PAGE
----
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calculusfunctions
 2 years ago
Best ResponseYou've already chosen the best response.0Do you know pascal's triangle and/or the binomial theorem?

03453660
 2 years ago
Best ResponseYou've already chosen the best response.0(a+b)^3 = (a+b)(a+b)(a+b) now simply multiply these factors and get the answer

AmberCat21
 2 years ago
Best ResponseYou've already chosen the best response.0can u help me without using the long method?

calculusfunctions
 2 years ago
Best ResponseYou've already chosen the best response.0Of course @03453660, but the application of the binomial theorem is a more efficient method?

calculusfunctions
 2 years ago
Best ResponseYou've already chosen the best response.0@AmberCat21, I ask you once again, do you know pascal's triangle and/or the binomial theorem?

AmberCat21
 2 years ago
Best ResponseYou've already chosen the best response.0i know pascal's triangle but the binomial theorem....i don't think so

calculusfunctions
 2 years ago
Best ResponseYou've already chosen the best response.0\[(a + b)^{n}=\sum_{r =0}^{n}\left(\begin{matrix}n \\ r\end{matrix}\right)a ^{n r}b ^{r}\]Have you never seen this before? Do you recognize any part of the equation?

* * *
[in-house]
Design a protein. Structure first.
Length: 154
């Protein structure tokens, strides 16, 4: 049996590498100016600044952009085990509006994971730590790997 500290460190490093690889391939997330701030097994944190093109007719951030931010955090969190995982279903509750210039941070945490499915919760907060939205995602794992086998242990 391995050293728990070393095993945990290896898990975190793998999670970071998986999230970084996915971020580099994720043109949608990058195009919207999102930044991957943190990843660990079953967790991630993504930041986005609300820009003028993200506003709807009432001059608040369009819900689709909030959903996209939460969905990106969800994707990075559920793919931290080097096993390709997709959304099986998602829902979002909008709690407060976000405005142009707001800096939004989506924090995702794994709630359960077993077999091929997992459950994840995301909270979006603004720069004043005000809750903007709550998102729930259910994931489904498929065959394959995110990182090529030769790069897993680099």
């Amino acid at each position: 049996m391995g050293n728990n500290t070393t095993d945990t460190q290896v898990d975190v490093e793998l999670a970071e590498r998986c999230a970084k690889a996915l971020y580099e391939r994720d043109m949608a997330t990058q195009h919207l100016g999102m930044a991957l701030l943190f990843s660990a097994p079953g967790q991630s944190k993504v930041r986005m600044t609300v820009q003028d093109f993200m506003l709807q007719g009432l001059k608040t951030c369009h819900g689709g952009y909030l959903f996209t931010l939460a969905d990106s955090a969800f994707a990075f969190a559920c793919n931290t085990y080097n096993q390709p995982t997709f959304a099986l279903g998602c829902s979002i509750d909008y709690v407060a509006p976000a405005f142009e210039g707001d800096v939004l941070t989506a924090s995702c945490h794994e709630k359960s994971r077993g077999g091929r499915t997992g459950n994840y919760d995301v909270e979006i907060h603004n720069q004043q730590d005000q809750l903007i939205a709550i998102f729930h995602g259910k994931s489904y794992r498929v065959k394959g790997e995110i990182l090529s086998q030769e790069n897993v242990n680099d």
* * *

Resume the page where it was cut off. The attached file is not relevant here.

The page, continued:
AmberCat21
 2 years ago
Best ResponseYou've already chosen the best response.0I haven't seen it before but the way my professor taught me was different

calculusfunctions
 2 years ago
Best ResponseYou've already chosen the best response.0@AmberCat21, no problem, don't worry about it. You said you know Pascal's triangle, correct? Then what are the entries in the row that corresponds to n = 3 in Pascal's triangle?

calculusfunctions
 2 years ago
Best ResponseYou've already chosen the best response.0There are four entries in row n = 3 of Pascal's triangle. What are they? Can you tell me please?

calculusfunctions
 2 years ago
Best ResponseYou've already chosen the best response.0I'll get you started. In row n = 0, 1 In row n = 1, 1 1 In row n = 2, 1 2 1 Then following this pattern, what are the entries of row n = 3? @AmberCat21, I am awaiting your response.

AmberCat21
 2 years ago
Best ResponseYou've already chosen the best response.0Oh so now I get it..There is a pattern used here

calculusfunctions
 2 years ago
Best ResponseYou've already chosen the best response.0Yes, Absolutely! Do you know what it is? Can you tell me what are the entries of row n = 3?

calculusfunctions
 2 years ago
Best ResponseYou've already chosen the best response.0Do you know how the second entry of 2 in row n = 2 came about?

waterineyes
 2 years ago
Best ResponseYou've already chosen the best response.0\[\large (a+b)^3 = (a+b)^2 \cdot (a+b)\] \[\large (a+b)^3 = (a^2 + b^2 + 2ab) \cdot (a+b)\] Just multiply it out..

calculusfunctions
 2 years ago
Best ResponseYou've already chosen the best response.0Yes @waterineyes, we already know this but @AmberCat21 asked for a more efficient method.

waterineyes
 2 years ago
Best ResponseYou've already chosen the best response.0Then Binomial Theorem is the answer...
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